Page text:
The Mailbag is one of the few articles I genuinely look forward to reading each week, thanks so much! Quick question for you: It seems to me that while all professional sports teams draft players at roughly the same age, it's much more likely to see an 18, 19 or 20-year old playing in the NHL or NBA than the MLB. The average age for rookies in MLB seems to be around 22 (a semi-educated guess). Any insight into why players take longer to develop in the MLB than in other sports?
Daniel D., Toronto
A: Blame Branch Rickey, the inventor of the modern farm system. Back in the pre-Jackie Robinson days, teams used to sign prospects off the farm and needed a place for them to play, so Rickey signed working agreements with pro teams in smaller towns and let his players play there. Rickey was hoarding, but his concept was right. The fact is that baseball is a game of subtlety and nuance. Hockey and basketball have basic plays and assignments that stay the same from Tyke to the pros. In baseball, a pitcher or hitter is physically ready for the majors long before he is strategically or mentally capable of playing at the highest level. I would say that the estimate of 22 as the average age of major-league rookies is low. I think it's more like 24-25. Most high school players need 4-5 years in the minors, while college players need a solid three down on the farm — unless you're a Stephen Strasburg type stud.
What is the plan for Kyle Drabek at AA. While not dominant, he has one of the better ERAs in our minor league system and has shown flashes of brilliance (i.e. throwing a no hitter). Do the Jays have any intention of seeing him pitch in the majors this year, perhaps in September, or is it the plan to let him stay at AA and then be given a chance to crack the major league roster next year?
Jeff Smith, Toronto
A: Drabek is not being babied like many young pitchers. The 22-year-old Texan has made 19 starts and is averaging over six innings per outing. He is on the verge of being ready for the bigs and his being at Double-A instead of Triple-A is not a sign that he needs to take another step before reaching the majors. The Eastern League is more of a pitchers' development stop than is Las Vegas in the Pacifica Coast League. Jesse Litsch jumped from there and Marc Rzepczynski only needed two AAA starts. Drabek may be one significant injury to the Jays' rotation away from being in the majors. His walk total is a little high, but that's like saying Charlize Theron's eyebrows are too hairy.
Why is Brian Tallet still in the Majors? And with Cito rarely using the bench, should Nick Green be replaced by another reliever? Thank you, have a good second half.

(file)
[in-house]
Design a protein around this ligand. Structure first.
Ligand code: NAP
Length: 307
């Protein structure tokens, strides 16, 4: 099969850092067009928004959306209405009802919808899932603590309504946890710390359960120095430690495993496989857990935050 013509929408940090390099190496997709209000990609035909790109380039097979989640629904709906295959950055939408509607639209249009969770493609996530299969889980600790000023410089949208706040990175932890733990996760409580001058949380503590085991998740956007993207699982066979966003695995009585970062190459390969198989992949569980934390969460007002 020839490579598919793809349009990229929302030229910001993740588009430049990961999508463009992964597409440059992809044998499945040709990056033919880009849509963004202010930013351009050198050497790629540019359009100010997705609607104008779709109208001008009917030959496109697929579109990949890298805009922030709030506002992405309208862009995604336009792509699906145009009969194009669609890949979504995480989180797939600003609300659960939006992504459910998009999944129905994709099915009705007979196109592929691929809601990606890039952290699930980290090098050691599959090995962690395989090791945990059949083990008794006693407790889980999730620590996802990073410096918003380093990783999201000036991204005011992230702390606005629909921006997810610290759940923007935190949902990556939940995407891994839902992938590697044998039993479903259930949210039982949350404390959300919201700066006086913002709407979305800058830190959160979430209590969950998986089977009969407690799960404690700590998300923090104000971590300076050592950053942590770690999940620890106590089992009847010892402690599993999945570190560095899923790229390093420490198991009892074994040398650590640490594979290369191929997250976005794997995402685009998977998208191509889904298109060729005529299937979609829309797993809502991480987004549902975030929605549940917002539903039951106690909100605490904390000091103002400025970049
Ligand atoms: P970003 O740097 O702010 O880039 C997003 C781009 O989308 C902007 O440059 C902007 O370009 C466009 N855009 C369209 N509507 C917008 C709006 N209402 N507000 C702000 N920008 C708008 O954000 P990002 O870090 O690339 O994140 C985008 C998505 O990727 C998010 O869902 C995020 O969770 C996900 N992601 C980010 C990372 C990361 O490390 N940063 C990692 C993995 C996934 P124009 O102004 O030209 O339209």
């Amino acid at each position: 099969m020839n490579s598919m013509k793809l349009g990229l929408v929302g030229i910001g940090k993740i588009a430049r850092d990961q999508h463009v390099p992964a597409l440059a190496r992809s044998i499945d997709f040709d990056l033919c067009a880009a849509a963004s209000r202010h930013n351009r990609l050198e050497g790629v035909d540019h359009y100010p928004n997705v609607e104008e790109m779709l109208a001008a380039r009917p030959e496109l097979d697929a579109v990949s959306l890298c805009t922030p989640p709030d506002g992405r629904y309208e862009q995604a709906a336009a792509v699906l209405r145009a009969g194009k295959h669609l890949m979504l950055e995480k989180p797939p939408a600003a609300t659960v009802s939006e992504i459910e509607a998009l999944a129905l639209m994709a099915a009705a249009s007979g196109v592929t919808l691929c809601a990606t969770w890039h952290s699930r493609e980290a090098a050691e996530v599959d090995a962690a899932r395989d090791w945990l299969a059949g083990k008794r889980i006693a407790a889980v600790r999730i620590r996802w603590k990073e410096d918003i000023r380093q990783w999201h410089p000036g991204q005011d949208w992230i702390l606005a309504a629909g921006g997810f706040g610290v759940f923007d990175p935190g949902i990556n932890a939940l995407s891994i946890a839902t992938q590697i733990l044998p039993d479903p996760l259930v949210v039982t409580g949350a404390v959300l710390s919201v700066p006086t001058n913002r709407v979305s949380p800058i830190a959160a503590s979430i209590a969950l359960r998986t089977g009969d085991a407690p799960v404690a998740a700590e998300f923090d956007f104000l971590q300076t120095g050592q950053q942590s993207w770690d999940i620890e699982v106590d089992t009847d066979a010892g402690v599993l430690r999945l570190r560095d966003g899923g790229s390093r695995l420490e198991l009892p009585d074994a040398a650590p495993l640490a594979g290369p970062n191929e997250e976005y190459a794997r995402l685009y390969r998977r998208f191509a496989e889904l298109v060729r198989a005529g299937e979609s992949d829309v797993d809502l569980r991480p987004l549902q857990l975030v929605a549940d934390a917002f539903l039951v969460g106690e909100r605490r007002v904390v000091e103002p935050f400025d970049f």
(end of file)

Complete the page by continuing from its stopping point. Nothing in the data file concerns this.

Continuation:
DeShaun Kozak, Uxbridge, Ont.
A: Tallet is still in the majors because Cito Gaston has a loyal streak for guys that do everything he asks without complaint. Tallet is a good guy and an interesting personality. However sometime his fastballs come in looking like beachballs which is when he gets in trouble. Every team has to have a Brian Tallet. And on the subject of Green, I guess Cito was listening.
Q: Why aren't catchers the best hitters? They catch a variety of over 100 pitches per game knowing the spin/rotation of what each type of pitch entails, yet they are generally near the bottom in batting average, home runs, and RBIs!
Michael Sutton, Burlington
A: Why aren't talk show hosts the best politicians if all it takes is the powers of observation? The pundits sit back in their studios and watch councillors, mp's, mayors, premiers, prime ministers and world leaders screw up yet if they were asked to step in and actually do it, they would be about the same — or worse. Think about your question like this. When catchers were kids growing up they were the smartest kids on the team but not necessarily the best athletes. The glamour boys took the other positions where they don't have to squat all the time and be hit by foul tips and block balls in the dirt. So the catcher knows how to explain hitting but not necessarily how to turn around a 95 m.p.h. fastball. That's why so many managers are former catchers. Fast of mind, slow of bat.
Q: Hey Richard,
With Atlanta, Baltimore, Chicago (Cubs) and others looking for managers for next year, what are the odds A.A. gets his man? Also, who are the frontrunners on the market for the next Jays manager & who would you like to see in the hot seat next year?
A: There are so many old managers on their farewell tours right now that it looks like the summer lineup of rock bands at Casino Rama. Cito, Bobby Cox, now Lou Piniella. Sure there are major-league teams with higher profiles than the jays looking for managers at the end of the season, but I don't believe there will be any shortage of quality candidates for Anthopoulos to choose from. What the Cubs need, what the Braves need in their markets and with their rosters is not necessarily what the Jays need. Remember that in most cases, teams go for the opposite of what they've got at the moment. In that case, Bob Elliott's suggestion of Don Baylor to replace Cito is a longshot. They have pretty much the same qualifications and backgrounds and the Jays will likely be going for younger, teach-ier, more modern tactician. If you're asking me what I would do, I think that the jays will not be ready to compete next year, so I would give a two-year contract to coach Brian Butterfield and if they are ready in 2012 to win, then I would have the option of staying with Butter or like the Tigers did in '06, bring in your high-profile, track-record guy to lead them to the promised land. The Tigers hired Jim Leyland only when they were ready to win. There will always be those ‘reputation’ Guys available but if 2011 is going to be another teaching year why not go in that direction first?